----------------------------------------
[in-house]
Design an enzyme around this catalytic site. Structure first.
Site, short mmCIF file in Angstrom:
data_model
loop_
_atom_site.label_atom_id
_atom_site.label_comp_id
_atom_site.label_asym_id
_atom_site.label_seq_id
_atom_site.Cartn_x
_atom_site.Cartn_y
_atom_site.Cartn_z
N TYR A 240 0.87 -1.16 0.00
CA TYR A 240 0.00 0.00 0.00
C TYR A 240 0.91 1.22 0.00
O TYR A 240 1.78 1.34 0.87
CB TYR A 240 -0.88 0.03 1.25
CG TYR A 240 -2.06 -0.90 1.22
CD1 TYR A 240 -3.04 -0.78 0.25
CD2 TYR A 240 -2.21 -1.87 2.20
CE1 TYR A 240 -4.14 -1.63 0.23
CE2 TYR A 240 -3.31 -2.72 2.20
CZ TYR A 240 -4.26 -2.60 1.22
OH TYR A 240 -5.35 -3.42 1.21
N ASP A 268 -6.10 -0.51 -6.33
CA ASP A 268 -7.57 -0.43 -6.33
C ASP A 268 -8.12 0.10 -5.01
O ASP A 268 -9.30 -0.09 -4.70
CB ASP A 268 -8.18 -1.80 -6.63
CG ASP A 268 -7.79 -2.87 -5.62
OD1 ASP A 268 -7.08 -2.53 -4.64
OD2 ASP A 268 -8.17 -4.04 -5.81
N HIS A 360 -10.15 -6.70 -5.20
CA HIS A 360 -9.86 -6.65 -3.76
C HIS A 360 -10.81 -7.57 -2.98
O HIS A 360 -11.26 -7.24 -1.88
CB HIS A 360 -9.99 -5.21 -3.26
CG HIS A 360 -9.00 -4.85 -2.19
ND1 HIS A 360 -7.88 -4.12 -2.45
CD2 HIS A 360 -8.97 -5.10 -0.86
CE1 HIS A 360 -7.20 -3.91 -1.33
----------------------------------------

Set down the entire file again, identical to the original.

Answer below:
[in-house]
Design an enzyme around this catalytic site. Structure first.
Site, short mmCIF file in Angstrom:
data_model
loop_
_atom_site.label_atom_id
_atom_site.label_comp_id
_atom_site.label_asym_id
_atom_site.label_seq_id
_atom_site.Cartn_x
_atom_site.Cartn_y
_atom_site.Cartn_z
N TYR A 240 0.87 -1.16 0.00
CA TYR A 240 0.00 0.00 0.00
C TYR A 240 0.91 1.22 0.00
O TYR A 240 1.78 1.34 0.87
CB TYR A 240 -0.88 0.03 1.25
CG TYR A 240 -2.06 -0.90 1.22
CD1 TYR A 240 -3.04 -0.78 0.25
CD2 TYR A 240 -2.21 -1.87 2.20
CE1 TYR A 240 -4.14 -1.63 0.23
CE2 TYR A 240 -3.31 -2.72 2.20
CZ TYR A 240 -4.26 -2.60 1.22
OH TYR A 240 -5.35 -3.42 1.21
N ASP A 268 -6.10 -0.51 -6.33
CA ASP A 268 -7.57 -0.43 -6.33
C ASP A 268 -8.12 0.10 -5.01
O ASP A 268 -9.30 -0.09 -4.70
CB ASP A 268 -8.18 -1.80 -6.63
CG ASP A 268 -7.79 -2.87 -5.62
OD1 ASP A 268 -7.08 -2.53 -4.64
OD2 ASP A 268 -8.17 -4.04 -5.81
N HIS A 360 -10.15 -6.70 -5.20
CA HIS A 360 -9.86 -6.65 -3.76
C HIS A 360 -10.81 -7.57 -2.98
O HIS A 360 -11.26 -7.24 -1.88
CB HIS A 360 -9.99 -5.21 -3.26
CG HIS A 360 -9.00 -4.85 -2.19
ND1 HIS A 360 -7.88 -4.12 -2.45
CD2 HIS A 360 -8.97 -5.10 -0.86
CE1 HIS A 360 -7.20 -3.91 -1.33